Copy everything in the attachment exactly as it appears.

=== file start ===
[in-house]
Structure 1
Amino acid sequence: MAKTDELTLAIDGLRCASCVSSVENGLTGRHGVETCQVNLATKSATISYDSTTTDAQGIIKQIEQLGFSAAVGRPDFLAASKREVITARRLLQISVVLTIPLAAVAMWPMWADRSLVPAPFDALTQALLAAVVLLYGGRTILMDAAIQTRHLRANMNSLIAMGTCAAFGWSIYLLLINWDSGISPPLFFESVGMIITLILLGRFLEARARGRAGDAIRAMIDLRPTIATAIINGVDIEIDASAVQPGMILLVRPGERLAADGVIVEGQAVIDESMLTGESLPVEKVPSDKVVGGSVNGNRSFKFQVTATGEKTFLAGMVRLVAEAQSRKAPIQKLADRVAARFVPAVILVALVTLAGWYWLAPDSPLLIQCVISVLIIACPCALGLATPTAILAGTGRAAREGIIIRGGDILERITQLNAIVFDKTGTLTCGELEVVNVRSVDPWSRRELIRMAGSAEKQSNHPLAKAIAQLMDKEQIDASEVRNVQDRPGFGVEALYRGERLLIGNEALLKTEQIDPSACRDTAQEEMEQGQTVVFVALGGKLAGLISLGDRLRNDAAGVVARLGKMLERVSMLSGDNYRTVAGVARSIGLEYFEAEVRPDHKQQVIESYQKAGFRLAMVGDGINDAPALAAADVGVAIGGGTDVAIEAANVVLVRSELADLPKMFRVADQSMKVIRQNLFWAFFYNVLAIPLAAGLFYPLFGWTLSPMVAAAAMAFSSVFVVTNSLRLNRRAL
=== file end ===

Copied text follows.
[in-house]
Structure 1
Amino acid sequence: MAKTDELTLAIDGLRCASCVSSVENGLTGRHGVETCQVNLATKSATISYDSTTTDAQGIIKQIEQLGFSAAVGRPDFLAASKREVITARRLLQISVVLTIPLAAVAMWPMWADRSLVPAPFDALTQALLAAVVLLYGGRTILMDAAIQTRHLRANMNSLIAMGTCAAFGWSIYLLLINWDSGISPPLFFESVGMIITLILLGRFLEARARGRAGDAIRAMIDLRPTIATAIINGVDIEIDASAVQPGMILLVRPGERLAADGVIVEGQAVIDESMLTGESLPVEKVPSDKVVGGSVNGNRSFKFQVTATGEKTFLAGMVRLVAEAQSRKAPIQKLADRVAARFVPAVILVALVTLAGWYWLAPDSPLLIQCVISVLIIACPCALGLATPTAILAGTGRAAREGIIIRGGDILERITQLNAIVFDKTGTLTCGELEVVNVRSVDPWSRRELIRMAGSAEKQSNHPLAKAIAQLMDKEQIDASEVRNVQDRPGFGVEALYRGERLLIGNEALLKTEQIDPSACRDTAQEEMEQGQTVVFVALGGKLAGLISLGDRLRNDAAGVVARLGKMLERVSMLSGDNYRTVAGVARSIGLEYFEAEVRPDHKQQVIESYQKAGFRLAMVGDGINDAPALAAADVGVAIGGGTDVAIEAANVVLVRSELADLPKMFRVADQSMKVIRQNLFWAFFYNVLAIPLAAGLFYPLFGWTLSPMVAAAAMAFSSVFVVTNSLRLNRRAL